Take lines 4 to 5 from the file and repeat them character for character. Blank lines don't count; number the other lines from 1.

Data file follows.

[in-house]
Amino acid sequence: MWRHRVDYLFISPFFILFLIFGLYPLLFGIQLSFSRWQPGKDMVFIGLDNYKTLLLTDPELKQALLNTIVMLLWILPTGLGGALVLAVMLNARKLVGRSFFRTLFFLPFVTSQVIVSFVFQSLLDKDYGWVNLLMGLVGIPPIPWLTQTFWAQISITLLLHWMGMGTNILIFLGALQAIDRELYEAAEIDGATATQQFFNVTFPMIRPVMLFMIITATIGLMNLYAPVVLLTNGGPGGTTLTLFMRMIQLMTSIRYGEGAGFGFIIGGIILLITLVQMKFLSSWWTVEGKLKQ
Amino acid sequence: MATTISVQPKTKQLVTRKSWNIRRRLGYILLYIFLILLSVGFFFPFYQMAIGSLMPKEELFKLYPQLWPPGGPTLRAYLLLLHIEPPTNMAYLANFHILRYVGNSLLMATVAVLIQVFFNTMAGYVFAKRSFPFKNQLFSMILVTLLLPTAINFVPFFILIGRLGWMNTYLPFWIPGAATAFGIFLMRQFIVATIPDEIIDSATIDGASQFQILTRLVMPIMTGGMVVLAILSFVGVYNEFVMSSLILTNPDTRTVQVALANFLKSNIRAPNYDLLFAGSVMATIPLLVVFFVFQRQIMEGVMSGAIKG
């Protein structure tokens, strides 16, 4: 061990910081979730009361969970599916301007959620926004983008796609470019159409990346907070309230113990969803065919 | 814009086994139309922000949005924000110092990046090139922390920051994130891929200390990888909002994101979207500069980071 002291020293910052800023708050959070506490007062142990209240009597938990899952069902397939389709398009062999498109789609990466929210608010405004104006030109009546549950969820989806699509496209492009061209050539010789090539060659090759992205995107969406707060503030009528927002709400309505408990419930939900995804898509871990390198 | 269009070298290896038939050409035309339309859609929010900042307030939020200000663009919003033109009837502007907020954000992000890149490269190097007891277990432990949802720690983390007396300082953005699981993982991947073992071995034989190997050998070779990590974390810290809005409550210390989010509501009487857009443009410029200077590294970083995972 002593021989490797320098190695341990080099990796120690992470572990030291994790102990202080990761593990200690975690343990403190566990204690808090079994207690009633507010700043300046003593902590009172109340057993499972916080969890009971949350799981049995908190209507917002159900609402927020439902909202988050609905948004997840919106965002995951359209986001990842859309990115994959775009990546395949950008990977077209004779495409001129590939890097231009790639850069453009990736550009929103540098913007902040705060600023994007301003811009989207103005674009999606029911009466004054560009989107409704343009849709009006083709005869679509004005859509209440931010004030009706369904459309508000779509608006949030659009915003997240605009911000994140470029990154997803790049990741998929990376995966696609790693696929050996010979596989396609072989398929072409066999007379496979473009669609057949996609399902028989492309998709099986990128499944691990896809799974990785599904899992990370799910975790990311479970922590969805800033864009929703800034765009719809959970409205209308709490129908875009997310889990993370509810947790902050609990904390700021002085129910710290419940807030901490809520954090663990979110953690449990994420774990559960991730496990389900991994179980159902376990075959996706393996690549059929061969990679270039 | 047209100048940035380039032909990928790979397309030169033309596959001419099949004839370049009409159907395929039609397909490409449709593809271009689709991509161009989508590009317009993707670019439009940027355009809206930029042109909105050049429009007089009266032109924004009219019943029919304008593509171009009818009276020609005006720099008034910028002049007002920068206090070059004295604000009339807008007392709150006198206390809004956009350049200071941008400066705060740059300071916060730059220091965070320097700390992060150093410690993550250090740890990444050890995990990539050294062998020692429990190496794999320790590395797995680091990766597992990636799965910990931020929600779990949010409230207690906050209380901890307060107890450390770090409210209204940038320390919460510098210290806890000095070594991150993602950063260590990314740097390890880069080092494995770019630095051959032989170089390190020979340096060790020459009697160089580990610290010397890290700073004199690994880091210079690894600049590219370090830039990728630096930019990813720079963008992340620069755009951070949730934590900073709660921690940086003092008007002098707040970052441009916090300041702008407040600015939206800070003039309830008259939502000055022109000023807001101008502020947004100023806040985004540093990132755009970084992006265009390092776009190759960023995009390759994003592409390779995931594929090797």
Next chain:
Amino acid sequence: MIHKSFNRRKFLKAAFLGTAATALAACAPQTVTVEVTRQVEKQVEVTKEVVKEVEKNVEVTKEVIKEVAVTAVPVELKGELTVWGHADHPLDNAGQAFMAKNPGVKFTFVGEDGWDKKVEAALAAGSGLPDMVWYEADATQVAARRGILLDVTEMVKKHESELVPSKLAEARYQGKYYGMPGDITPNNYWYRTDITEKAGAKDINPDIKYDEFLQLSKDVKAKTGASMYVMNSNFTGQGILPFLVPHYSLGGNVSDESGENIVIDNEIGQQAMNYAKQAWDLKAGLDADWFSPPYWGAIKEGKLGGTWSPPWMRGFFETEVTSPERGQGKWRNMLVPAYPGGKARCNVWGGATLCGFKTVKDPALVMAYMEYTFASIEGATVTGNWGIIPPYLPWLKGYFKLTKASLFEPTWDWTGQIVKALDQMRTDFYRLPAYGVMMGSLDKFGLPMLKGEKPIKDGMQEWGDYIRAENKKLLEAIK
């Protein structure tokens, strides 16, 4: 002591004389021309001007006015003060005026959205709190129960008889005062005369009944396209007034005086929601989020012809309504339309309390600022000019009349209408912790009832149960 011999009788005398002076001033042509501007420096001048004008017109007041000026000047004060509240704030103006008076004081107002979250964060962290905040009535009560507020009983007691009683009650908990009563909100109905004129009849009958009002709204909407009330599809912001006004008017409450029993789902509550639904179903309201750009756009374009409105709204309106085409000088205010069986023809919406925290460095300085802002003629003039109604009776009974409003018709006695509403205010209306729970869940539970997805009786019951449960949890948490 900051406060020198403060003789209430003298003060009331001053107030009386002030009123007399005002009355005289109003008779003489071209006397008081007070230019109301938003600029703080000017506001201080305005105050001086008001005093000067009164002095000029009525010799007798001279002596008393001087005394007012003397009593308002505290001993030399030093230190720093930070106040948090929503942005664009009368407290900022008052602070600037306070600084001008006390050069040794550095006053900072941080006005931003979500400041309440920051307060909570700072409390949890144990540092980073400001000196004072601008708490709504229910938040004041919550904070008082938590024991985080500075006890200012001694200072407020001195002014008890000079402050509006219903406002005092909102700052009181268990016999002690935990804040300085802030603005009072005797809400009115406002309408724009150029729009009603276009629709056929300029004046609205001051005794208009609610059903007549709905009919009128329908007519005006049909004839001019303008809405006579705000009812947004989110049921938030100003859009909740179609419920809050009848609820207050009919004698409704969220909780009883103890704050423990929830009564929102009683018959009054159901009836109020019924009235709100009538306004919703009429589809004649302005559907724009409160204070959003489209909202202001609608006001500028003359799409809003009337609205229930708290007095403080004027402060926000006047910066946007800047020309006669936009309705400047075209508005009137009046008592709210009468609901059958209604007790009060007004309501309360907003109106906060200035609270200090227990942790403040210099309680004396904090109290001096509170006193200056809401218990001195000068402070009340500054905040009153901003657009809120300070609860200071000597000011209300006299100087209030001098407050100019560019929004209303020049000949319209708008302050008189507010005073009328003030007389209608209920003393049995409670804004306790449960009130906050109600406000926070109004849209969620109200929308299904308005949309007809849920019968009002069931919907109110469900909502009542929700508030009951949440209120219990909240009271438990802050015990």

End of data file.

């Protein structure tokens, strides 16, 4: 061990910081979730009361969970599916301007959620926004983008796609470019159409990346907070309230113990969803065919 | 814009086994139309922000949005924000110092990046090139922390920051994130891929200390990888909002994101979207500069980071 002291020293910052800023708050959070506490007062142990209240009597938990899952069902397939389709398009062999498109789609990466929210608010405004104006030109009546549950969820989806699509496209492009061209050539010789090539060659090759992205995107969406707060503030009528927002709400309505408990419930939900995804898509871990390198 | 269009070298290896038939050409035309339309859609929010900042307030939020200000663009919003033109009837502007907020954000992000890149490269190097007891277990432990949802720690983390007396300082953005699981993982991947073992071995034989190997050998070779990590974390810290809005409550210390989010509501009487857009443009410029200077590294970083995972 002593021989490797320098190695341990080099990796120690992470572990030291994790102990202080990761593990200690975690343990403190566990204690808090079994207690009633507010700043300046003593902590009172109340057993499972916080969890009971949350799981049995908190209507917002159900609402927020439902909202988050609905948004997840919106965002995951359209986001990842859309990115994959775009990546395949950008990977077209004779495409001129590939890097231009790639850069453009990736550009929103540098913007902040705060600023994007301003811009989207103005674009999606029911009466004054560009989107409704343009849709009006083709005869679509004005859509209440931010004030009706369904459309508000779509608006949030659009915003997240605009911000994140470029990154997803790049990741998929990376995966696609790693696929050996010979596989396609072989398929072409066999007379496979473009669609057949996609399902028989492309998709099986990128499944691990896809799974990785599904899992990370799910975790990311479970922590969805800033864009929703800034765009719809959970409205209308709490129908875009997310889990993370509810947790902050609990904390700021002085129910710290419940807030901490809520954090663990979110953690449990994420774990559960991730496990389900991994179980159902376990075959996706393996690549059929061969990679270039 | 047209100048940035380039032909990928790979397309030169033309596959001419099949004839370049009409159907395929039609397909490409449709593809271009689709991509161009989508590009317009993707670019439009940027355009809206930029042109909105050049429009007089009266032109924004009219019943029919304008593509171009009818009276020609005006720099008034910028002049007002920068206090070059004295604000009339807008007392709150006198206390809004956009350049200071941008400066705060740059300071916060730059220091965070320097700390992060150093410690993550250090740890990444050890995990990539050294062998020692429990190496794999320790590395797995680091990766597992990636799965910990931020929600779990949010409230207690906050209380901890307060107890450390770090409210209204940038320390919460510098210290806890000095070594991150993602950063260590990314740097390890880069080092494995770019630095051959032989170089390190020979340096060790020459009697160089580990610290010397890290700073004199690994880091210079690894600049590219370090830039990728630096930019990813720079963008992340620069755009951070949730934590900073709660921690940086003092008007002098707040970052441009916090300041702008407040600015939206800070003039309830008259939502000055022109000023807001101008502020947004100023806040985004540093990132755009970084992006265009390092776009190759960023995009390759994003592409390779995931594929090797």
Next chain: